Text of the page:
While Malik chose FGCU because it was close to home, West Virginia classmate Lorea said she always wanted to attend college in a warmer climate. She enrolled at FGCU after being admitted to the Lake Erie College of Osteopathic Medicine Early Acceptance Program in Bradenton.

FGCU grad Josie Lorea
Josie Lorea completed two prestigious national academic programs at the same time while studying abroad in South Korea.

Upon arriving at FGCU, Lorea quickly discovered the OCF, which helped her nab national academic honors including the Gilman Scholarship and the Summer Health Professional Education Program (SHPEP) at the University of Nebraska Medical Center. She received the Gilman in 2020, but because of the global COVID-19 pandemic was unable to use it until spring 2021 – the same semester as her SHPEP award.


“The Gilman enabled me to study abroad at Yonsei University in Seoul, South Korea, while simultaneously completing the SHPEP online,” Lorea said. “I would go to school during the day in South Korea, sleep through the evening and attend sessions at University of Nebraska starting at midnight Korea Standard Time.”


Despite the demands of completing two prestigious national academic programs at the same time, Lorea said she is appreciative of the opportunities that doing so provided.


“Without the Gilman, I would have never been able to study abroad. Being alone in a foreign country with language barriers was one of the hardest things I have ever done, but also the most rewarding. Without the financial assistance from the Gilman Foundation, my undergraduate journey would not be the same,” she said. “And, without the experience of SHPEP, I do not know if I would be as interested in health care as I am now,” Lorea said.

FGCU student Anusha Malik
Anusha Malik at the Hall of Fame induction with Mitch Cordova, vice president of Student Success & Enrollment Management, and President Mike Martin.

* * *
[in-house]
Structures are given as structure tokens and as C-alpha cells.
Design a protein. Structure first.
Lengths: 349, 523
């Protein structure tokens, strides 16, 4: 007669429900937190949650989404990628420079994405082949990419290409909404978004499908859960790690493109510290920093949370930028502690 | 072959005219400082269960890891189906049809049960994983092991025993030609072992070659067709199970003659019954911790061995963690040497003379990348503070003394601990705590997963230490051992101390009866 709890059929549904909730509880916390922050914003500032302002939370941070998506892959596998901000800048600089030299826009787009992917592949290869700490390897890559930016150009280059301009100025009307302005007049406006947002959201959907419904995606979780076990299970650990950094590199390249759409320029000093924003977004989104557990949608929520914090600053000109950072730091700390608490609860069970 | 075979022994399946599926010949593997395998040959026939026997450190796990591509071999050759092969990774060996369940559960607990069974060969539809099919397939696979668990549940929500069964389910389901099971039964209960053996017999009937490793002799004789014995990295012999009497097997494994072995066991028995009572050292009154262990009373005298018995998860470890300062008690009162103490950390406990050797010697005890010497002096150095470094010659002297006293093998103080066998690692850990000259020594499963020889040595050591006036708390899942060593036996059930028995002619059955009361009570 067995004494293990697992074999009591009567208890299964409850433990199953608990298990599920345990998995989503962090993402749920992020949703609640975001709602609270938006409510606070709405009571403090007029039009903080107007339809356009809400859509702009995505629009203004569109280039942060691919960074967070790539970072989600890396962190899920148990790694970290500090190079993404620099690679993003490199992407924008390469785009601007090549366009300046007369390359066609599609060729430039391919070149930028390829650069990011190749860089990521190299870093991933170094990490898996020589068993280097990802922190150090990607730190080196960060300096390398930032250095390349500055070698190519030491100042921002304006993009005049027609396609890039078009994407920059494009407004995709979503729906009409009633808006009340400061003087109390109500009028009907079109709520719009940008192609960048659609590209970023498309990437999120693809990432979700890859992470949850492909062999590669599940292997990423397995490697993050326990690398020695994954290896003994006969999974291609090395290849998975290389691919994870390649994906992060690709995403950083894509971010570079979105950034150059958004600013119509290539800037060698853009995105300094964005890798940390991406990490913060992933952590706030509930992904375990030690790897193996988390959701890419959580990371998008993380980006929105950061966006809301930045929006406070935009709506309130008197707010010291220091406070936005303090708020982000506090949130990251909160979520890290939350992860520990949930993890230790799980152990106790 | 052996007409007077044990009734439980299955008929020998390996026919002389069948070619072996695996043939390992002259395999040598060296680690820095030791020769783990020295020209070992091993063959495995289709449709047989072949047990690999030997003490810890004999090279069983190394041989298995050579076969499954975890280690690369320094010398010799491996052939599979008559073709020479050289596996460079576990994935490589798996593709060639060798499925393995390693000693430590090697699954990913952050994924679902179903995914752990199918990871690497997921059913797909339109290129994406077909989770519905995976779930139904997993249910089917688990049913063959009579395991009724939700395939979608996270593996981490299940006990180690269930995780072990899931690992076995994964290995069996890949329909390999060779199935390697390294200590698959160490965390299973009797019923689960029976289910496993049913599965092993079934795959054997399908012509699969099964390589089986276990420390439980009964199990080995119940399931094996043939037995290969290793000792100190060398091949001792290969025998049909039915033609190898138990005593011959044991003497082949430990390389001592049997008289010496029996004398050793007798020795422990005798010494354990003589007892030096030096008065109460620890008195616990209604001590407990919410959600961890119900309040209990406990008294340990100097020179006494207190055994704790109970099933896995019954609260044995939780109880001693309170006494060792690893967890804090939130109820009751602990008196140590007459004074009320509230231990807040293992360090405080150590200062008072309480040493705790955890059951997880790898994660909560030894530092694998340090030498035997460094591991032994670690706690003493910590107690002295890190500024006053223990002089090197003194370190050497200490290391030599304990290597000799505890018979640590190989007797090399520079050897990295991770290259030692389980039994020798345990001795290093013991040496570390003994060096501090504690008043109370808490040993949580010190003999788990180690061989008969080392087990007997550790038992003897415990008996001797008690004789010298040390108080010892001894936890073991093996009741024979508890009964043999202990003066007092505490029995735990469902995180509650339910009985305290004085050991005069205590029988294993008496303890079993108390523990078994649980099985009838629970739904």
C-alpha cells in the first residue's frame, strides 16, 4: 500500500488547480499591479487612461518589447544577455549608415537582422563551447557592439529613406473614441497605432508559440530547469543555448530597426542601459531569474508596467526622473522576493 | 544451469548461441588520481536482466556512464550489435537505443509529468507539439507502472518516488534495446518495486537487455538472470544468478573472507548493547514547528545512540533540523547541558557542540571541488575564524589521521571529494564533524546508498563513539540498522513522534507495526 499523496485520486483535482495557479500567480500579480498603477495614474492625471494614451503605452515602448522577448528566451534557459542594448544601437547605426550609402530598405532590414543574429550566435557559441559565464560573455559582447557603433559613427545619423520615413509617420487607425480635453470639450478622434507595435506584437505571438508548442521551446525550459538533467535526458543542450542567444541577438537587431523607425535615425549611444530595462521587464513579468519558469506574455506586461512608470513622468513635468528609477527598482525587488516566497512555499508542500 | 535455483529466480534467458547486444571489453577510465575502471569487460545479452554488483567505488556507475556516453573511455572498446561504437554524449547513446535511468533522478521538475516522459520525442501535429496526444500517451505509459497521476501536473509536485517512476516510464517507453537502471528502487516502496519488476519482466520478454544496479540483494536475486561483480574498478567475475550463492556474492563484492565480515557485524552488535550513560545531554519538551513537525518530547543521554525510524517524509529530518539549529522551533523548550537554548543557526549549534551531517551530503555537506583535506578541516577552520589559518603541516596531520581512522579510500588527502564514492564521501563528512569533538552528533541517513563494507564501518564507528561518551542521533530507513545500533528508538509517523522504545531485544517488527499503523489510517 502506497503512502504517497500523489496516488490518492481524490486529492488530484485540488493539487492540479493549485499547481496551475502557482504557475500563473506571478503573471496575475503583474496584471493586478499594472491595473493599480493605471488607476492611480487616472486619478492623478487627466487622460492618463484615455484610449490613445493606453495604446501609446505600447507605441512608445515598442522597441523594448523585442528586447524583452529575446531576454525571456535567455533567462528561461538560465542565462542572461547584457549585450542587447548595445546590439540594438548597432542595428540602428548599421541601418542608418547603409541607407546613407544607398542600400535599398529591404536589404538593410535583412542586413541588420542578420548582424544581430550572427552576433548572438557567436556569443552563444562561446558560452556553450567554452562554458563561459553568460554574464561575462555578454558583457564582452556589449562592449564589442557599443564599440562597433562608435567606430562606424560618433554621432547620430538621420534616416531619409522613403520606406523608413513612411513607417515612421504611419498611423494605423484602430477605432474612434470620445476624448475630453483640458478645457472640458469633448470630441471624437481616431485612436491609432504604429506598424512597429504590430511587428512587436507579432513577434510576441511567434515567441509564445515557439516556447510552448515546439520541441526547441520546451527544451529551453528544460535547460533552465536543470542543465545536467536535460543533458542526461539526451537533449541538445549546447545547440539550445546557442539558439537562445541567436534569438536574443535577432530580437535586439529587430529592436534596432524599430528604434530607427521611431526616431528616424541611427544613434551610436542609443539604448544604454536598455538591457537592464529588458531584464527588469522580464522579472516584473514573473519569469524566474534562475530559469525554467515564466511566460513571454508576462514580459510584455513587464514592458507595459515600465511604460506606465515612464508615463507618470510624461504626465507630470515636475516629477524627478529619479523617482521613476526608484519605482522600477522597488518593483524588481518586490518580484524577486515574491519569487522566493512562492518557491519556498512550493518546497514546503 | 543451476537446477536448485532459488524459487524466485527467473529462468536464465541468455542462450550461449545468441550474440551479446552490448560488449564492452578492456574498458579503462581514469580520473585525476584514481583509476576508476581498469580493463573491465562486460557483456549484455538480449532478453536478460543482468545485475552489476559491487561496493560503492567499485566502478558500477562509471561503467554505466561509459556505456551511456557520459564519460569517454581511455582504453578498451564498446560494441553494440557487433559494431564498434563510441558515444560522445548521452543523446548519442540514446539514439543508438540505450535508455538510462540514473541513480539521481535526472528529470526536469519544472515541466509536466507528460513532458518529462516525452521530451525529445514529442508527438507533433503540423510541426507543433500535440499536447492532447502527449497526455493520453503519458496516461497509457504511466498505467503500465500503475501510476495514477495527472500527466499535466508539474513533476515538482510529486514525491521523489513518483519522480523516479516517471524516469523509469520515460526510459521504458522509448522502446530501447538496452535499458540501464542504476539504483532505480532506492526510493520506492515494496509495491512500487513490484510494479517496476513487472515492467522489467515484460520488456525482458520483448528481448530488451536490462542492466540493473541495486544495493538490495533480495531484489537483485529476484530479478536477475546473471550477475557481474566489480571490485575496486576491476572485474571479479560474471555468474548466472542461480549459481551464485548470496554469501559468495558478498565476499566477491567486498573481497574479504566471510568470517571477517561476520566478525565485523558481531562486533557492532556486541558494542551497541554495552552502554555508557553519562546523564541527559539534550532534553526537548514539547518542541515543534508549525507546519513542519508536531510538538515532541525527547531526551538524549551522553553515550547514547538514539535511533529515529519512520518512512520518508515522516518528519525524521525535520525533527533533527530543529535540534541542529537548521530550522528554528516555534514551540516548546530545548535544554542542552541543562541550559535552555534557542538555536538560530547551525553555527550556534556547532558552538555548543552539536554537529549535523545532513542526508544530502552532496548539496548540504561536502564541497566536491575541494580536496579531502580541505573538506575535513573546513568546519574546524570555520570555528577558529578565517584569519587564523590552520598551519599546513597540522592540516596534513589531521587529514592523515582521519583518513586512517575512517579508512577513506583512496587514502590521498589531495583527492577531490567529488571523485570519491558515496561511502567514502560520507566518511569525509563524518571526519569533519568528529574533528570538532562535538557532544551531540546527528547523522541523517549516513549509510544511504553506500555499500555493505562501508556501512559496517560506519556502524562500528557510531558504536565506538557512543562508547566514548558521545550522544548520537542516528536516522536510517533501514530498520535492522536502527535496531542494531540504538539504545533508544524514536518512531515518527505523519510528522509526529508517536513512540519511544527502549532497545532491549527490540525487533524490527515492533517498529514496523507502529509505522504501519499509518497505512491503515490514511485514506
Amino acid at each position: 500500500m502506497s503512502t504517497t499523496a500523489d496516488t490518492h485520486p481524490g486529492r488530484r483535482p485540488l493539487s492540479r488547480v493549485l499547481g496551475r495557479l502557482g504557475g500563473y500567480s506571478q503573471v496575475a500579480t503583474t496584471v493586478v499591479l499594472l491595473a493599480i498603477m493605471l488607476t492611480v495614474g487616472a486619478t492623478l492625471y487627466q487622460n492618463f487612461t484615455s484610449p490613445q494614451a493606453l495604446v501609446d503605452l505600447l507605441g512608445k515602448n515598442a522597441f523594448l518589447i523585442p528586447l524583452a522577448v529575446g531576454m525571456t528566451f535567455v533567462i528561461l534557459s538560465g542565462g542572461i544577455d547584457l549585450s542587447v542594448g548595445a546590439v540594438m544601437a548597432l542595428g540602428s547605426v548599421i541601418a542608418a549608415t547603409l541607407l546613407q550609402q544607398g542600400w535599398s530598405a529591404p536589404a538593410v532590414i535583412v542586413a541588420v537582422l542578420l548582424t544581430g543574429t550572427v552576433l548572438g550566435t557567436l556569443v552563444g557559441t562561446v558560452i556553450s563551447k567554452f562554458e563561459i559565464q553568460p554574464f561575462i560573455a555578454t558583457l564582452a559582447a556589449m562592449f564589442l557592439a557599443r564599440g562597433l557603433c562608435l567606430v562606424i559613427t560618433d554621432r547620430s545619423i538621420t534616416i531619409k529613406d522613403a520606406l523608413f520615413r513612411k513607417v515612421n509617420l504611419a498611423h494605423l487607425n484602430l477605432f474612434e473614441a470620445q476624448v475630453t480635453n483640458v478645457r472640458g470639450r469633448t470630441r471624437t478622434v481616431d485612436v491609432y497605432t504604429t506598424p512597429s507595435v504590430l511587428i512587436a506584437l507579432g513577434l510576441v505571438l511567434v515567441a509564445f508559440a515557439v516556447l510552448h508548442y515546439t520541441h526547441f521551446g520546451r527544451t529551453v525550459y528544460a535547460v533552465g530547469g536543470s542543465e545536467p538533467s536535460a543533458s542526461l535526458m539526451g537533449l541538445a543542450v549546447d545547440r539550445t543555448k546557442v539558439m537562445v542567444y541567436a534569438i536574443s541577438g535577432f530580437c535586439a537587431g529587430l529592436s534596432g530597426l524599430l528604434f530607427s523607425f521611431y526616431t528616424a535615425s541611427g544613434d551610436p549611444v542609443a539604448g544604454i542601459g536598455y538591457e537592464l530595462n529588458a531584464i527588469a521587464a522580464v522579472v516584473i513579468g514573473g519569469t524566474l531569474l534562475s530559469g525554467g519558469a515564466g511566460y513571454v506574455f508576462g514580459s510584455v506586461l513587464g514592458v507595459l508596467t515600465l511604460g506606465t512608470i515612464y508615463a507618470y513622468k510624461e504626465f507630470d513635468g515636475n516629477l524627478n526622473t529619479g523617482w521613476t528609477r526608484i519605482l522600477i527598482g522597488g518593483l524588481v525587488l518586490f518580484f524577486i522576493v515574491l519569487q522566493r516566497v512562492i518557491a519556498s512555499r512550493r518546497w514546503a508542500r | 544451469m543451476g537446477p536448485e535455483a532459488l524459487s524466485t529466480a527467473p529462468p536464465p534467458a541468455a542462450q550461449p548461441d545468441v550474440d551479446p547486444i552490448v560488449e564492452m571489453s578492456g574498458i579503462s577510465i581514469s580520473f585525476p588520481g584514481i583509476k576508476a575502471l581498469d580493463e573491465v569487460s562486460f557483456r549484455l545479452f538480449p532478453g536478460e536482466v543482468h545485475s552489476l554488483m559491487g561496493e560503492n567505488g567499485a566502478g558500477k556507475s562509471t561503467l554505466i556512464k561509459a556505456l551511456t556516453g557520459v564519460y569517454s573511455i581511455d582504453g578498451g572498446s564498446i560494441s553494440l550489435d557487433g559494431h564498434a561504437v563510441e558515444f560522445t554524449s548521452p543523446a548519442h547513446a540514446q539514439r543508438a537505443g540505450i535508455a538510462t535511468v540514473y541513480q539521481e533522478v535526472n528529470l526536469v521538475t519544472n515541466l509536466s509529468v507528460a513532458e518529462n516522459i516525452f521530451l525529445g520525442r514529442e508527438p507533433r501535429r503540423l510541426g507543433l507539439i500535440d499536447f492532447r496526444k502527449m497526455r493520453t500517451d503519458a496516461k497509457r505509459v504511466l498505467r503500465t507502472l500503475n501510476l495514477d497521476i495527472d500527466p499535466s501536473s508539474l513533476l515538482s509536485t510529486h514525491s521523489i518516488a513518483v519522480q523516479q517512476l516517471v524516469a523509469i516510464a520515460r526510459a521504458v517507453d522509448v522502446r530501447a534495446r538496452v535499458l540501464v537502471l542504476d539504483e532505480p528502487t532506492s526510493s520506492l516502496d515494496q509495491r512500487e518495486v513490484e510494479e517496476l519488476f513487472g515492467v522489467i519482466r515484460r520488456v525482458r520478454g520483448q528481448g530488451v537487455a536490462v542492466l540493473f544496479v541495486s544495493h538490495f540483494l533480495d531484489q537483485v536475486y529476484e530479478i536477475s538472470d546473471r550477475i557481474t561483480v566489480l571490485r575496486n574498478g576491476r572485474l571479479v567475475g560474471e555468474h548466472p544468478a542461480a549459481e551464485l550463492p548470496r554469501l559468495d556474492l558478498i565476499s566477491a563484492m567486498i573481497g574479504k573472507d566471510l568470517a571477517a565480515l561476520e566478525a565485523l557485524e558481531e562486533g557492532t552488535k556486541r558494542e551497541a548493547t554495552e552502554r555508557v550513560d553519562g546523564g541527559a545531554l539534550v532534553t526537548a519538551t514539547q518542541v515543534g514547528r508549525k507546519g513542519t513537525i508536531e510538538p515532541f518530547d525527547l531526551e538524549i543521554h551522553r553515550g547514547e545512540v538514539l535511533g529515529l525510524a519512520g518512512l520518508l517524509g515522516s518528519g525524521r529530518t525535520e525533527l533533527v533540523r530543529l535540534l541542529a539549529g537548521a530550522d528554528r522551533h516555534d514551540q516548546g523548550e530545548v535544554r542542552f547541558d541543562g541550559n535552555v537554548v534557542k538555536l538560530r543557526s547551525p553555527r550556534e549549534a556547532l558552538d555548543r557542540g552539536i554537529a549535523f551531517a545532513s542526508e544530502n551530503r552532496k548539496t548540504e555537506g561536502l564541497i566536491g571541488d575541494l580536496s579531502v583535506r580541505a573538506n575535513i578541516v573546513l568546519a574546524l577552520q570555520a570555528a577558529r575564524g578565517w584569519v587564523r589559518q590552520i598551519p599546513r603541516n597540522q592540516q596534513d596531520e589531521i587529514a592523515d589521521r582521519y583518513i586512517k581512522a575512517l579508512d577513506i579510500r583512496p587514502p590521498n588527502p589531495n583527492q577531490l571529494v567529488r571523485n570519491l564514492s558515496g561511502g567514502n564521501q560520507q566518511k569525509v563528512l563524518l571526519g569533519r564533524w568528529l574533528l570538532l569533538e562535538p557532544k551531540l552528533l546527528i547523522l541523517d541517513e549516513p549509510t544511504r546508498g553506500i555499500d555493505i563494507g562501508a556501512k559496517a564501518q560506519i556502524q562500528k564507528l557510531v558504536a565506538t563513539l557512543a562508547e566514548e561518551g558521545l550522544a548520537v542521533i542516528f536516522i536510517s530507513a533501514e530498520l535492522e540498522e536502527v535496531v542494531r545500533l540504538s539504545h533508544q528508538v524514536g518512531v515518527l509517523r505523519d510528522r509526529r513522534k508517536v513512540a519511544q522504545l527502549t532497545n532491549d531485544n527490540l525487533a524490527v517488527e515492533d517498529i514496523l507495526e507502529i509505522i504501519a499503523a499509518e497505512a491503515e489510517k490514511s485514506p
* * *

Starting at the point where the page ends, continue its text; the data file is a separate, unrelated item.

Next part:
The opportunities enjoyed by Malik and Lorea are representative of the assistance OCF provides. The staff has helped students obtain experiences including being a teaching assistant in South Korea through a Fulbright Scholarship and conducting groundbreaking hate-crime research at the University of Arkansas-Little Rock through a National Science Foundation grant.


“Students apply for these scholarships and fellowships because they can sometimes change the trajectory of their lives,” said John Straussberger, OCF’s interim director. “These types of experiences can awaken a passion for medicine and public health, lead students to start thinking about applying to a doctoral program in public policy or begin a journey toward becoming a community leader.”


And OCF is just one part of the larger equation at FGCU, said Lorea. “It’s not common that a national scholar is also a sorority president, fraternity sweetheart, registered organization founder and researcher,” she said. “My heart has always been in a lot of places, whether academics, extracurriculars, leadership or service. Although my many passions often overlapped, I was never once held back or told I could not succeed by my professors or peers.”

FGCU Hall of Fame
Mitch Cordova, far left, vice president of Student Success & Enrollment Management, and FGCU President Mike Martin, far right, with Hall of Fame inductees Ella Guedouar, Damian Hernandez, Ryan McNamara, Serena Truong, Madison Franz, Anusha Malik, Dana Axner, Josie Lorea, Grace Brannigan and Kea Suiko Kamiya.